The primary method of regulation of the electricity industry in Sri Lanka is through a licensing regime. This section sets out the type of activities in the electricity industry that require licenses, what those licenses will contain and what can be done with licenses after they have been issued.
Specifically, under the SLEA, it is an offence to generate, transmit, distribute or supply electricity unless you are authorised to do so by a licence, or are exempt from the requirement to obtain a licence. Exemptions can apply to an individual or a class of persons.
Since licenses are often the main instrument used to control the activities of those who generate, transmit, distribute or supply electricity, this means that detailed rules, processes and procedures need to be published, through a set of regulations. As such, the Licensing Application Regulations, which can be found on our website, should always be referred to before you make an application for either a licence or an exemption. In view of the fact that it is an offence to carry out a licensable activity without a licence or exemption, if you are intending to carry out a licensable activity, it is very important that you refer to both the SLEA and the Licensing Application Regulations.
The Licensing Application Regulations also include licence templates, (which will set out the different sets of conditions that will be in used in the relevant licences (that is, for generation, transmission, distribution and supply). These template licences are available on our website. Under the SLEA, licences will contain both general and special licence conditions.
These are conditions that all licences may contain. A generation, transmission or distribution licence may include conditions, for example, that require the licensee to pay us for granting the licence; prevent the licensee from engaging in anti-competitive behaviour; and compel the licensee to adhere to our decisions, orders, direction and determinations.
These are conditions that are specific to particular types of licences. Some examples of special conditions that are contained in different licences are as follows:
If you intend to undertake an activity for which a licence is required, or wish to apply for an individual exemption, or if you want an extension of your current licence, you should submit an application to us.
The licensing application regulations deal with both of these matters in greater detail, and therefore you should always refer to them before you make an application.
If you hold a licence, then during the period of validity of that licence, you may wish to apply for it to be modified. Alternatively, we may also modify it for various reasons.
We may modify licences where the licensee agrees with the proposed modification. Where the licensee disagrees then the SLEA provides for the Minister in charge of the subject of power and energy to decide whether and what modifications should be made in the public interest. This decision is made following a reference by us to this Minister, including our views on how the public interest is best served.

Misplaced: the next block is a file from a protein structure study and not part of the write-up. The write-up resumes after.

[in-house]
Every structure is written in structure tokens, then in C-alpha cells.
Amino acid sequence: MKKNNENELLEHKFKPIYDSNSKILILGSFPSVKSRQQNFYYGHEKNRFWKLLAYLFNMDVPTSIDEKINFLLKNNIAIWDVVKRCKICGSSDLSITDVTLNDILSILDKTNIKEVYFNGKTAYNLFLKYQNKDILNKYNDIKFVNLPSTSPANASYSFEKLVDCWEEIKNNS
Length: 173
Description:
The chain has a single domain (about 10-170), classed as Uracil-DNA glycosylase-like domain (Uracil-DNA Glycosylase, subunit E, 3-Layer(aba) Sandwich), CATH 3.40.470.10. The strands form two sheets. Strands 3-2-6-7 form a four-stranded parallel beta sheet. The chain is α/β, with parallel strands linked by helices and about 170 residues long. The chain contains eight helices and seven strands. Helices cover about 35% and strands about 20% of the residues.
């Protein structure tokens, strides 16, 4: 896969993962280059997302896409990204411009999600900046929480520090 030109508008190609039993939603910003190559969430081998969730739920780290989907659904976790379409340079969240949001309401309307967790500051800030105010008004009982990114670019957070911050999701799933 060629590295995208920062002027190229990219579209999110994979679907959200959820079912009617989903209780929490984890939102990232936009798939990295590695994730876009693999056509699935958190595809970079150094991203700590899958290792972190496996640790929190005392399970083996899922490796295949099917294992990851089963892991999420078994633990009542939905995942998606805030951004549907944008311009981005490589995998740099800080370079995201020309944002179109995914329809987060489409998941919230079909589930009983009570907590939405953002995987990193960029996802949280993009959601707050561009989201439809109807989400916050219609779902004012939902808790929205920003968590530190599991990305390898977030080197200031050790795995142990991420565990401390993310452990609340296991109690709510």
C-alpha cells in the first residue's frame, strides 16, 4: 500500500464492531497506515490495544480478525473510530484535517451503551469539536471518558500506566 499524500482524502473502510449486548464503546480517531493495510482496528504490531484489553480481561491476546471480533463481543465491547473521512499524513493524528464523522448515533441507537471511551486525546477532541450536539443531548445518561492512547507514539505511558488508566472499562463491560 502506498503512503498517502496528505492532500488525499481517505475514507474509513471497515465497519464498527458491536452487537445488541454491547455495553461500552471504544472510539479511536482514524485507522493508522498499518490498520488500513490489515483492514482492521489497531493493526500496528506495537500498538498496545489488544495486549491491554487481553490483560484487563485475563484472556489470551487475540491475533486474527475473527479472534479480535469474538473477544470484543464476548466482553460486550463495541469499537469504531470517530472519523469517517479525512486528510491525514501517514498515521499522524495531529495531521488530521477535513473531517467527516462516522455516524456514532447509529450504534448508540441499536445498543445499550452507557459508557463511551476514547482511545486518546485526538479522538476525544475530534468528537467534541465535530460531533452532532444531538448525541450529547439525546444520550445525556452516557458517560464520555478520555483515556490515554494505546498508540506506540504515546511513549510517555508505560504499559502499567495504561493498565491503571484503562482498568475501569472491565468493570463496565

Small distributors (Condominium housing schemes, Residential buildings, Shopping complexes, etc.) who buy electricity from the Distribution Licensees and distribute them to tenants, were not having a rationalized method to decide on the tariff. Therefore billing methods of small distributors had been creating disputes among consumers and the distributors before the enactment of Sri Lanka Electricity Act No 20 of 2009.
With the enactment of the Sri Lanka Electricity Act, No. 20 of 2009, the legal background to suit this problem was introduced. In terms of Section 7 of the Act, Parties who are currently engaged in the distribution or supply of electricity are required to obtain a license or an exemption to continue such activities
Small distributors can simply download the application from the PUCSL web site. The applicant should submit the accurately prepared application with all the necessary documents, information and also a fee of 1000 LKR to the Commission.
Thereafter, the Commission grants the exemption for the applicant, followed by a Gazette Notification, Public notice on newspapers and notices to other relevant parties including the Minister of Power and Energy.
After the exemption is granted, the distributor should come up with a proposal for the tariff rate, seeking the approval of the Commission. The General guidelines that the distributor should follow to decide the tariff rate, are available at the PUCSL web site. The distributor should also submit all related and necessary documents to support his proposal.
In order to regulate the electricity industry, the Commission requires standard information from Licensees regarding their operations on a regular basis. Therefore, a system was developed and data is currently gathered through web based system on standard formats. The Data is verified and various Periodical Reports are produced for regulatory purposes.